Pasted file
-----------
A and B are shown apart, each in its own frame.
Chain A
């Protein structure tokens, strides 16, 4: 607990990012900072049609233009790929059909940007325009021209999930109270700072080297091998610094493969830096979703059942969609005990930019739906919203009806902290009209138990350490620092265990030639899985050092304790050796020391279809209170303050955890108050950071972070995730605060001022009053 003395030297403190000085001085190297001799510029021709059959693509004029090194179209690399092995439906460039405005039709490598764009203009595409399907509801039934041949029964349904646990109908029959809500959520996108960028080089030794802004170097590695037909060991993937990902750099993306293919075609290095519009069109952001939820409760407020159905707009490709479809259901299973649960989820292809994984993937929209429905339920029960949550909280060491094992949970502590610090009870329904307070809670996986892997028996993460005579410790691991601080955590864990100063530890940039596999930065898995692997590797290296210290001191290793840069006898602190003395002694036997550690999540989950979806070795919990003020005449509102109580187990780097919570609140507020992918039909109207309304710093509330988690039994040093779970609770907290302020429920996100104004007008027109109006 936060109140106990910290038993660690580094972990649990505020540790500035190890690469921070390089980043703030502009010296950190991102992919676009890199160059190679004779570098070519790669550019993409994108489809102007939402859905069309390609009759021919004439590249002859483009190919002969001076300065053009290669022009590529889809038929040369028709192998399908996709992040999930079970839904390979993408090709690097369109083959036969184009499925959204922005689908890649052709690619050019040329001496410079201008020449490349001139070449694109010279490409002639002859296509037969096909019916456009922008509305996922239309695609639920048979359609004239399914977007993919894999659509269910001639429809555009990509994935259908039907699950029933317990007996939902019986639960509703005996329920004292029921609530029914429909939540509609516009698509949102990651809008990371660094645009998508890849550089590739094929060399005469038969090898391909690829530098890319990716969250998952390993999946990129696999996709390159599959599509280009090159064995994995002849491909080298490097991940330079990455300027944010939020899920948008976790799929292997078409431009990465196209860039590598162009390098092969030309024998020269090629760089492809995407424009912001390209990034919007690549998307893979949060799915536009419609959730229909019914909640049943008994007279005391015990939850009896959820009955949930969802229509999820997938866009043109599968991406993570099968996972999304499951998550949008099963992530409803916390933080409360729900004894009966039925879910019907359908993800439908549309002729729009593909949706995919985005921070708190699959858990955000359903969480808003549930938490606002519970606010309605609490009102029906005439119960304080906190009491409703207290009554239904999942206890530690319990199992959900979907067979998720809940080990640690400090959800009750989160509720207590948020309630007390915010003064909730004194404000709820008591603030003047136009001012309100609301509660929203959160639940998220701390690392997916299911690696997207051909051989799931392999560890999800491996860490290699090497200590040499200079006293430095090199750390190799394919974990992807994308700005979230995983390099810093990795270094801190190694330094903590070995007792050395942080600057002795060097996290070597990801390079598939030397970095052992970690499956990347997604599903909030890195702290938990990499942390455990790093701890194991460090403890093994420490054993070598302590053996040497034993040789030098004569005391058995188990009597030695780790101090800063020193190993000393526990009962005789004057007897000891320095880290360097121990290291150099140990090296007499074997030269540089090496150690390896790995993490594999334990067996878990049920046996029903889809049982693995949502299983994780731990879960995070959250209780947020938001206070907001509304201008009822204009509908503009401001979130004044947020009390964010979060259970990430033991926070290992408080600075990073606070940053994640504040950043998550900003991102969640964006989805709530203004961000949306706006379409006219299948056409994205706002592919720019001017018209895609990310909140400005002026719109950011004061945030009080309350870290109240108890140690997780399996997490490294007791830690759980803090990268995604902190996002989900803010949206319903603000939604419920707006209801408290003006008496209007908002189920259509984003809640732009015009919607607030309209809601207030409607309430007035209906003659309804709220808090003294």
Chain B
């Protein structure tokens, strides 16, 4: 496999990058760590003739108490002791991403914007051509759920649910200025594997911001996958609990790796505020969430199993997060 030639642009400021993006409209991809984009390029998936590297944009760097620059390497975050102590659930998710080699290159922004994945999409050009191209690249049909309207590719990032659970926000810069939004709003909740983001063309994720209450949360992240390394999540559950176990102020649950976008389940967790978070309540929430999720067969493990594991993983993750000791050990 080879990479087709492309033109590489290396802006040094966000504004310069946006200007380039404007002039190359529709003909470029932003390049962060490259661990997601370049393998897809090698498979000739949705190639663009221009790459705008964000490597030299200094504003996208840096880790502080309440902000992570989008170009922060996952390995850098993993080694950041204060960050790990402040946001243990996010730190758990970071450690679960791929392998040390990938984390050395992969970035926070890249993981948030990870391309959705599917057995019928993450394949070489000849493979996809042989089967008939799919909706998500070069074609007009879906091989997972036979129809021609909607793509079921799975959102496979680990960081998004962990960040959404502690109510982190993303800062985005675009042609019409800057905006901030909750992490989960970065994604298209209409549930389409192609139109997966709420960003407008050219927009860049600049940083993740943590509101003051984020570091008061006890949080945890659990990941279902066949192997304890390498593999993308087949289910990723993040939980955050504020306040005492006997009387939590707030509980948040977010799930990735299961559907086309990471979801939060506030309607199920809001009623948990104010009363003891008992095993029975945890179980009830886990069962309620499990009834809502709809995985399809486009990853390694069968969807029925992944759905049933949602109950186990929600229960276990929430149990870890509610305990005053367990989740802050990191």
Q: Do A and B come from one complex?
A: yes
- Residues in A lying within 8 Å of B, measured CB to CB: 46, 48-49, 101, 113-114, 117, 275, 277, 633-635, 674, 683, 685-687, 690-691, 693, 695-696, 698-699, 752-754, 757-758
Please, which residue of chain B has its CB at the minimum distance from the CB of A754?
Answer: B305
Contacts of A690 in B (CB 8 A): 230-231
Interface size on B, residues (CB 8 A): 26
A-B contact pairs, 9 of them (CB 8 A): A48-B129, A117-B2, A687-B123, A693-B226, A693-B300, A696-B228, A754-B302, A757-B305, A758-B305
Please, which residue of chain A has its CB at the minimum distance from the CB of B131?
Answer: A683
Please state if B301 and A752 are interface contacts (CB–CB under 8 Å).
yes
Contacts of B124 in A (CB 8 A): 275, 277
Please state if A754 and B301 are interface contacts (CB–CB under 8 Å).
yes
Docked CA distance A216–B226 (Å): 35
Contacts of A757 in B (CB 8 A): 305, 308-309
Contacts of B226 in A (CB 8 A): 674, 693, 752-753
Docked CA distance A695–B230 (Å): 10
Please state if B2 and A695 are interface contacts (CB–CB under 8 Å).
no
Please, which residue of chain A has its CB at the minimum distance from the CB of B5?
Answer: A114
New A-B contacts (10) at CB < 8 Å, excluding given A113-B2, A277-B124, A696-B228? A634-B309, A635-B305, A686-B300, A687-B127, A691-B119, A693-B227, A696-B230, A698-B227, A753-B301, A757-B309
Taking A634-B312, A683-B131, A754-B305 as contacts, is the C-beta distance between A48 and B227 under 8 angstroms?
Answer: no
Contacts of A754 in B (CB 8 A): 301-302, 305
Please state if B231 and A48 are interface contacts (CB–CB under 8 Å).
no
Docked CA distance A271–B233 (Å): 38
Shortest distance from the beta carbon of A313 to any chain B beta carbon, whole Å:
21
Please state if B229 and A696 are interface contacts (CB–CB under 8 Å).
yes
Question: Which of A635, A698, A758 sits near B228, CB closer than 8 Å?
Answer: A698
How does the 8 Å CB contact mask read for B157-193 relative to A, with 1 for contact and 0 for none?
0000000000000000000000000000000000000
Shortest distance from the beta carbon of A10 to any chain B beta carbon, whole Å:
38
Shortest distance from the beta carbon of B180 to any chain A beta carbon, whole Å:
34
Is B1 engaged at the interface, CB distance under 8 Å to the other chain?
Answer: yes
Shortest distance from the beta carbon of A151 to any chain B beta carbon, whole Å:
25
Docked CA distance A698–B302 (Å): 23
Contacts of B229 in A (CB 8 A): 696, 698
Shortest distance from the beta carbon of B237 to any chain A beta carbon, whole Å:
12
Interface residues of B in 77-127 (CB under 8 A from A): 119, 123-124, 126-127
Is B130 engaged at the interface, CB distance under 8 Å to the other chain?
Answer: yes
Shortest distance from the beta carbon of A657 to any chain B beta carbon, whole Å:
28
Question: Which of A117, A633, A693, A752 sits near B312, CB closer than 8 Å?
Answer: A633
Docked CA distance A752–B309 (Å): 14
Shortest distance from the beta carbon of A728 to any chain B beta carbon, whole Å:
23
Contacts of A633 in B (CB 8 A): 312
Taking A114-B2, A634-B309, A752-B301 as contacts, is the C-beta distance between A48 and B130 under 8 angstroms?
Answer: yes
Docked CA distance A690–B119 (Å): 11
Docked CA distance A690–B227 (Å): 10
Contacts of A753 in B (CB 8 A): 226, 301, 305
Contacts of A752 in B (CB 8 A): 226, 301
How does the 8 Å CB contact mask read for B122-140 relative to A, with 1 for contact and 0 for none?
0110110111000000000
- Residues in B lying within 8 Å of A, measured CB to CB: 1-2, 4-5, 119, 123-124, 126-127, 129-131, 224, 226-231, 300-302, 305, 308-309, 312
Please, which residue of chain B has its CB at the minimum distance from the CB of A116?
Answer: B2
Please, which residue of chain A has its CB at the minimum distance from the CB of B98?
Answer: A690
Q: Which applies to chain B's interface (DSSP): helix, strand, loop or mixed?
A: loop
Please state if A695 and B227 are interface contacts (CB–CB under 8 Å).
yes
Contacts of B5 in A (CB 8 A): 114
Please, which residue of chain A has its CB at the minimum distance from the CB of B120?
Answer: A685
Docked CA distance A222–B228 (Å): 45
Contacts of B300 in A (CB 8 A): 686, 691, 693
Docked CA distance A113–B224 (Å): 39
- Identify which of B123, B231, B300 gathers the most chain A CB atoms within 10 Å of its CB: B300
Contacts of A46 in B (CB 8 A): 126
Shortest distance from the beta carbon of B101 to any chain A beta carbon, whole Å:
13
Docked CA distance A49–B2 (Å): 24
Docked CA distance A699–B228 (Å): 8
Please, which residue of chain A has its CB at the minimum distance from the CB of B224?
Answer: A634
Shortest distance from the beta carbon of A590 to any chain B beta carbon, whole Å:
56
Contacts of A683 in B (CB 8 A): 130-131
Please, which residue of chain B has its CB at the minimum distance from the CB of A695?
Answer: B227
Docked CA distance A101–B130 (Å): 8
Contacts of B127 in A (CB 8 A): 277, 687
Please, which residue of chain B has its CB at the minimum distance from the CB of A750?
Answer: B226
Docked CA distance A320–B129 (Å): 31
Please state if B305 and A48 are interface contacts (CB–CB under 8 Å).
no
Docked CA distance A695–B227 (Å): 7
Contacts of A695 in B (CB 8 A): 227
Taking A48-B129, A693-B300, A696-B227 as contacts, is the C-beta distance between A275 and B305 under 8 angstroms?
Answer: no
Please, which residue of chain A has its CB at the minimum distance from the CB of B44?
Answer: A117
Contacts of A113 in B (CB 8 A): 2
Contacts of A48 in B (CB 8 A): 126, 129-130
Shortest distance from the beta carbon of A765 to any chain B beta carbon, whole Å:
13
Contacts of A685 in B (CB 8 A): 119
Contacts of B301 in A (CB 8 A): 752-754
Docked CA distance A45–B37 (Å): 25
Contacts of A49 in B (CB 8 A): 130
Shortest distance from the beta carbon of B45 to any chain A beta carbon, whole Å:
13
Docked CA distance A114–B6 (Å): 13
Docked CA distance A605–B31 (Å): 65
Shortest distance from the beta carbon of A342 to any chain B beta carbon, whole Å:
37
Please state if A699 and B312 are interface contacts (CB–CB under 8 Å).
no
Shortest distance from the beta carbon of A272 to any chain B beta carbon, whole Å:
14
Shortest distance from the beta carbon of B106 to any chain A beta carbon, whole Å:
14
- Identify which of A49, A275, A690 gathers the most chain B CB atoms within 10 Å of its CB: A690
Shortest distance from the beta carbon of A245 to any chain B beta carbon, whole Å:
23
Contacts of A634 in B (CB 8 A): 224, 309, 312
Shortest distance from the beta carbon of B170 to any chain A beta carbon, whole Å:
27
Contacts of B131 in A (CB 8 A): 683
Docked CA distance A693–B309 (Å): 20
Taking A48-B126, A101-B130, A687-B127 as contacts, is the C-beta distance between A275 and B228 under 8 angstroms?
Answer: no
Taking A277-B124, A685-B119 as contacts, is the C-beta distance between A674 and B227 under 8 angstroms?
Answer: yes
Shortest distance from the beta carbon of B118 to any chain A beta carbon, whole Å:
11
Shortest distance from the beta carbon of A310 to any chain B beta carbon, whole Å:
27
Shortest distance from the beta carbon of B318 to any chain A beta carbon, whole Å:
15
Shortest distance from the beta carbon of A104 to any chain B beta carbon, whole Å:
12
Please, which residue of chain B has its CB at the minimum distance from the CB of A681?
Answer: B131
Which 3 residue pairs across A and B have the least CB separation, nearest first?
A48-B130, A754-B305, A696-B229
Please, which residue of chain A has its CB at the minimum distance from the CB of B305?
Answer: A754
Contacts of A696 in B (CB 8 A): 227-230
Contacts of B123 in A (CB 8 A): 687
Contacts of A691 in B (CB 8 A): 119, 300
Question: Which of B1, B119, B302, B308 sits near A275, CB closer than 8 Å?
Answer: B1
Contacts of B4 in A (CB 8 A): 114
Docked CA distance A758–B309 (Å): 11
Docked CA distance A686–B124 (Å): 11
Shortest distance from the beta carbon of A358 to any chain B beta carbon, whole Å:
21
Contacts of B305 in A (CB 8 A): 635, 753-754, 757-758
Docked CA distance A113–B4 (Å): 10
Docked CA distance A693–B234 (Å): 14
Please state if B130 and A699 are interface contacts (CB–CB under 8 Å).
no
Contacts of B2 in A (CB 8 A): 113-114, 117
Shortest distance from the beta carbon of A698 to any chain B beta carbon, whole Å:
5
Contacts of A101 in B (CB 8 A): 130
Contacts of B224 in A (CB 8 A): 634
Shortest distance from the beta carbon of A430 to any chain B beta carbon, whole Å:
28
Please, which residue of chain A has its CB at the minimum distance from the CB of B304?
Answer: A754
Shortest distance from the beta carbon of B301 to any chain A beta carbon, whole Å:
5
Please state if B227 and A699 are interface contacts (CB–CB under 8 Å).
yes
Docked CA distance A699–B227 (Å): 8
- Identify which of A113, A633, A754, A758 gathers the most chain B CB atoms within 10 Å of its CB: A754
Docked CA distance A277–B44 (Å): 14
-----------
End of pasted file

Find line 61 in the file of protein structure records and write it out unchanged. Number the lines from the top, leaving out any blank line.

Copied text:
Question: Which of A117, A633, A693, A752 sits near B312, CB closer than 8 Å?